We've heard a lot from the parents climbing the walls right now. From home-schooling struggles, to toddlers not being able to exert enough energy to get them tired before bedtime, to the guilt of hours upon hours of screen time.

But for Ada, parenting in isolation has made her mother's guilt almost completely vanish.

"I'm participating so much more in my daughter's life and I'm there every morning when she wakes up, it's been really nice," she said. Before 'iso', Ada would slip out for work before her five-year-old had even stirred. She's not ready to give up breakfast with her kid.

Portrait of happy little girl with smartphone in the kitchen
Some families are absolutely loving isolation. They're dreading when it ends. Image: Getty.
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Janelle is secretly loving not having to spend Saturday running around to children's sport, and Lisa says she and the kids are "flourishing spending so much time together."

After a bout of post natal depression 18 months ago, Jemma was still getting 'pangs' of literal pain in the stomach when her daughter cried in the night. But six weeks in isolation has allowed her to fall madly in love with her baby. She can handle the meltdowns now - and she's finally found her rhythm. What if the outside world derails that?

For Tina who is 33 weeks pregnant, social isolation has meant her difficult mother-in-law has had to keep her distance. Before isolation she was worrying about having her burst into the delivery suite while she was pushing (which is what happened to her sister-in-law). Now, she's sleeping soundly knowing hospital visitor restrictions are likely to be among the last lifted.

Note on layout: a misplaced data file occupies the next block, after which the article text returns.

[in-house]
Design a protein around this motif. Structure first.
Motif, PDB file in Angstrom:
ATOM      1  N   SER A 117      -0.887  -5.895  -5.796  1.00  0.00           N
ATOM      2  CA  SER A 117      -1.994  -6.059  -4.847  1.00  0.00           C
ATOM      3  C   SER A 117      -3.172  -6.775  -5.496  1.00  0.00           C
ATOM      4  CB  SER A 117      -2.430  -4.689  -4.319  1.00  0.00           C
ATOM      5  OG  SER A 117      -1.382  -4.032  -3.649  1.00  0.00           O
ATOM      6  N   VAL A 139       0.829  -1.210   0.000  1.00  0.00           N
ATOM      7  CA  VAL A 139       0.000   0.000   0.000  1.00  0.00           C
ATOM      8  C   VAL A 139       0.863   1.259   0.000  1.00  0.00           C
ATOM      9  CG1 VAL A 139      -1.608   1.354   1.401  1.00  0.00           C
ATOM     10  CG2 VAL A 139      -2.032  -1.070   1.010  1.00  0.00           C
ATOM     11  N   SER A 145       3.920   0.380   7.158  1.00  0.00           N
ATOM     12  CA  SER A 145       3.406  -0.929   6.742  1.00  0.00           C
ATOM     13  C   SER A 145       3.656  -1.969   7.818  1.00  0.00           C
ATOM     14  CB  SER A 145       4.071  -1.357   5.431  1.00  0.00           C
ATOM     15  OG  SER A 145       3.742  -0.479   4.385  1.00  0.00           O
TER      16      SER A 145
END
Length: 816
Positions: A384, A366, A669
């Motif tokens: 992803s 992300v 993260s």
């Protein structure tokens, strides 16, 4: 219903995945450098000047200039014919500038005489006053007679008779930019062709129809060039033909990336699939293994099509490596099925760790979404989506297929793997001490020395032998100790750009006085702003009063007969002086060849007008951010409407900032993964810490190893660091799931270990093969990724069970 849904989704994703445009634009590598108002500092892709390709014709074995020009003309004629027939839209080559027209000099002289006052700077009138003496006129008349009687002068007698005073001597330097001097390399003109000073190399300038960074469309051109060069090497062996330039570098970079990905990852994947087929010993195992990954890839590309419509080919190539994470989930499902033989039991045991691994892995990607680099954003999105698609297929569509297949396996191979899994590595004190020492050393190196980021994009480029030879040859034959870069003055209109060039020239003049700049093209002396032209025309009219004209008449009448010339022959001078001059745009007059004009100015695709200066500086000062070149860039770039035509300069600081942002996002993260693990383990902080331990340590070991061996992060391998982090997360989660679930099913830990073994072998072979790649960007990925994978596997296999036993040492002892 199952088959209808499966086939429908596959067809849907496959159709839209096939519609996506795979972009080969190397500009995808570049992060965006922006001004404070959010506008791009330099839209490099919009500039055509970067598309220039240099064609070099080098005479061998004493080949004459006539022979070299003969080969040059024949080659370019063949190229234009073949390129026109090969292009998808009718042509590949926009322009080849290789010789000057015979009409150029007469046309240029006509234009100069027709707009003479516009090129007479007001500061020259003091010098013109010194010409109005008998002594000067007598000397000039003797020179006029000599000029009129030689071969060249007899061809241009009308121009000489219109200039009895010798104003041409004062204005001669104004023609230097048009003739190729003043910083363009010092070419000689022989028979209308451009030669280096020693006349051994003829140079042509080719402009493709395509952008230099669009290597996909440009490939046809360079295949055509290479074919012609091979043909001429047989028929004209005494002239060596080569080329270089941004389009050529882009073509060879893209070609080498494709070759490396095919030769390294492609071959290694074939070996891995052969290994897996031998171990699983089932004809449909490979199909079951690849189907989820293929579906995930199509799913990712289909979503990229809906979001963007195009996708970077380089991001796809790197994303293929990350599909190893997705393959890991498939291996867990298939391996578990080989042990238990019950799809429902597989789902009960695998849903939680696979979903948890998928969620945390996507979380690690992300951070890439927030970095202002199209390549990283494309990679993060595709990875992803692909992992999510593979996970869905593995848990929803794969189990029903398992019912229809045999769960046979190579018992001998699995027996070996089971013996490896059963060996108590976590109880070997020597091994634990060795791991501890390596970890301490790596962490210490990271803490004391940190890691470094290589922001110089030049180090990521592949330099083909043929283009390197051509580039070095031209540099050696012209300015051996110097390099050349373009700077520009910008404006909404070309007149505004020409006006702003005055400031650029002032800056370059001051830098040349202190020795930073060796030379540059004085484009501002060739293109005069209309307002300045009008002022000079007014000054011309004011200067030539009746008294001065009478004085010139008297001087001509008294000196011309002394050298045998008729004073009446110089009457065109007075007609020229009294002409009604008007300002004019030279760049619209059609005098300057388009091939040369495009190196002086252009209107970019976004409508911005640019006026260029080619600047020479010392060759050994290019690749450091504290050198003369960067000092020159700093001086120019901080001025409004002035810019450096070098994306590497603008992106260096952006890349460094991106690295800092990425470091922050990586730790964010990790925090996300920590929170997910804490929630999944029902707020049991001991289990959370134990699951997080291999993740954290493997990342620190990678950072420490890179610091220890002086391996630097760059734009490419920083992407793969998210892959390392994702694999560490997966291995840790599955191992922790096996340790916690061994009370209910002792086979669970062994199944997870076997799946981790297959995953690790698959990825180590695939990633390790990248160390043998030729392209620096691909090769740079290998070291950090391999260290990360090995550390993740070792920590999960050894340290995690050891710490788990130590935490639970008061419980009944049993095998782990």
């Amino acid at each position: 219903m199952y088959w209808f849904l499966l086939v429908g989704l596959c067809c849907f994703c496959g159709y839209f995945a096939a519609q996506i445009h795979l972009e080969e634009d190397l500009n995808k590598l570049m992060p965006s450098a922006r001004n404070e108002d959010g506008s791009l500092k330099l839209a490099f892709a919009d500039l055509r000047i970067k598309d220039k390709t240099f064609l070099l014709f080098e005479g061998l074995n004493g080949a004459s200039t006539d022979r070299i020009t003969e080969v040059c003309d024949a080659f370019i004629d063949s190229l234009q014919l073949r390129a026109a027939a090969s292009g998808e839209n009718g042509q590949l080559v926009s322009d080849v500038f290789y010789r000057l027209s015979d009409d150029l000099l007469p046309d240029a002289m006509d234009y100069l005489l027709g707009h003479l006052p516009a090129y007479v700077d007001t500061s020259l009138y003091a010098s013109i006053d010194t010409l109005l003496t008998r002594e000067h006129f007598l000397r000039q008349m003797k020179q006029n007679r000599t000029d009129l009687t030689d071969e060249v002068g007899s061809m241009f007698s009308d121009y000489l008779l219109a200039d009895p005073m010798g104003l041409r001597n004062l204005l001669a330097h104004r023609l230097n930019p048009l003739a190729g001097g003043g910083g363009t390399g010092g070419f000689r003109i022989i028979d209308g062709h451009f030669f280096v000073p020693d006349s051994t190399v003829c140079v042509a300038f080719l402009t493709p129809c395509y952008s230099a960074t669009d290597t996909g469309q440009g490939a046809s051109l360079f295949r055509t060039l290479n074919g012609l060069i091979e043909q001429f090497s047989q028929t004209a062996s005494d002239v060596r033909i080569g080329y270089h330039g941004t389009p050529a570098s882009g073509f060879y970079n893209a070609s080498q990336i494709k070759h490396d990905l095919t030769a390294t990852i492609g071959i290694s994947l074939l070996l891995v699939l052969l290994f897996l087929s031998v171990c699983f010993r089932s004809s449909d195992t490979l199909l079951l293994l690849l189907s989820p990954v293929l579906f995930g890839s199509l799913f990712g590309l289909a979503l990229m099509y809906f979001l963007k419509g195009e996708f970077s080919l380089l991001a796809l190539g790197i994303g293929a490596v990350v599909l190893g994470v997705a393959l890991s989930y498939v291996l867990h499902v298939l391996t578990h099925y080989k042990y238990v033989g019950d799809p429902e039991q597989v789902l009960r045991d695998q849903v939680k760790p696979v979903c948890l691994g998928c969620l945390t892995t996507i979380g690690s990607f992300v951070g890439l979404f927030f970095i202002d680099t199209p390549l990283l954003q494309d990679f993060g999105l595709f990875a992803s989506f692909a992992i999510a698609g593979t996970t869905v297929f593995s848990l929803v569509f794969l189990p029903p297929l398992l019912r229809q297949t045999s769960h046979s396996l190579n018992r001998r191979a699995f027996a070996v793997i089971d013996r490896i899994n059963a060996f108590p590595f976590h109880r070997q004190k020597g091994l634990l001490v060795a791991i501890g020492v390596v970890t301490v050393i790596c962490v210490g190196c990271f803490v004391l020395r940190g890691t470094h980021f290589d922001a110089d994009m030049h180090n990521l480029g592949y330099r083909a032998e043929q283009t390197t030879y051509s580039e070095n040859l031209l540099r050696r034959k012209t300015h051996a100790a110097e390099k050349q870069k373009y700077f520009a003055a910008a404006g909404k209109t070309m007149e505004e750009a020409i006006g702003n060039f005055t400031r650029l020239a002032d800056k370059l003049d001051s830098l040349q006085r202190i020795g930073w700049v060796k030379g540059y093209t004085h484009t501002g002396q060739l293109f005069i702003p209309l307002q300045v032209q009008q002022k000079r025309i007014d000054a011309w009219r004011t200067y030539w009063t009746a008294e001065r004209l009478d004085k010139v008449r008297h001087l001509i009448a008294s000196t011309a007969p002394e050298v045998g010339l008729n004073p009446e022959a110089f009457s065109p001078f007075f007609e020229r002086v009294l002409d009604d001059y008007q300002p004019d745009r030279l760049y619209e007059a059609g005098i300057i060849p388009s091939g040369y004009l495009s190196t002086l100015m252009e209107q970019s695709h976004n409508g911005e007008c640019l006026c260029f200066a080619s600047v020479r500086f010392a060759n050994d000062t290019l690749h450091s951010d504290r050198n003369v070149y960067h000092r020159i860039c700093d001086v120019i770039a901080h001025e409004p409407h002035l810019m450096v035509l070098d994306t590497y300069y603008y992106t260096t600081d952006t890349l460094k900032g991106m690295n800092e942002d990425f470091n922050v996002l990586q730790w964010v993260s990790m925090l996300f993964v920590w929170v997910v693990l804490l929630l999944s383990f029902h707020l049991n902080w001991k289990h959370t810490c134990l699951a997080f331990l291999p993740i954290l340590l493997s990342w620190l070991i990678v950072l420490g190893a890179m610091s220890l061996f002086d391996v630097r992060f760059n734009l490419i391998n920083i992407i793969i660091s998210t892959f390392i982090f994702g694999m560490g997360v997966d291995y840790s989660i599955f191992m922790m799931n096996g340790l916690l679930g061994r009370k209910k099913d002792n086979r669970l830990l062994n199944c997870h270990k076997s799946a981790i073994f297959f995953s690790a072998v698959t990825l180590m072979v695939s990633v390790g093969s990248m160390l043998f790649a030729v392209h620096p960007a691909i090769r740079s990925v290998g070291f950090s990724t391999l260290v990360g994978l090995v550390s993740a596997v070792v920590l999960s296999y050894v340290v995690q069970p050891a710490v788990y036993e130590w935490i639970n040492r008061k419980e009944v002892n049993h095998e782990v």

For Rose, working from home while pregnant has made her feel "safer," and for Olivia with a newborn, the restrictions have allowed her and her husband to just envelop themselves in the "baby bubble" without the added stress of visitors wanting a kiss when they hadn't been vaccinated, which was something she was dreading having to enforce.

Some of the women Mamamia spoke to said their relationships have never been better. Kate spoke to her entire extended family on Zoom on a Saturday night. That's never happened before, and she's not sure everyone's schedules will ever naturally align again when we return to normal life.

Ashleigh says it has given her and her husband time to reconnect.

Preparing Breakfast
Some are finding their relationships are thriving in isolation, and they're not ready to let that go. Image: Getty.
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"In pre-lockdown we were just rushing from one thing to the next - work, home, make dinner, clean up, go to bed - and our weekends were busy visiting other people. I actually think it has been great for our relationship to slow down. I'm going to be sad when it's over," she said.

Trinny, who is single, is more worried that now she'll have to go on dates with the men she's been flirting with online for seven weeks.

"I have six digital boyfriends right now. I'm exhausted at the thought of physically dating," she explained.

It's funny that in a world of 'isolation,' many of us have never felt more connected. We're chatting more, reaching out more, and finding more time for each other. Molly is going to miss settling in on a Friday night for a massive chin-wag with her mum over the phone. It had turned into a nice ritual, one she didn't have time for pre-iso.

While it's the small things some people will miss - like being able to spend all day with their dog, or finally having enough time to properly exercise - for others the idea of resuming reality is truly terrifying.

One thing they have in common though, is that they feel guilty for secretly enjoying something so terrible.

Feature image: Getty.

The current situation around COVID-19 might be making you feel scared or uncertain. It's okay to feel this way, but it's also important to learn how to manage feelings of anxiety during this time. To download the free PDF: Anxiety & Coronavirus - How to Manage Feelings of Anxiety click here.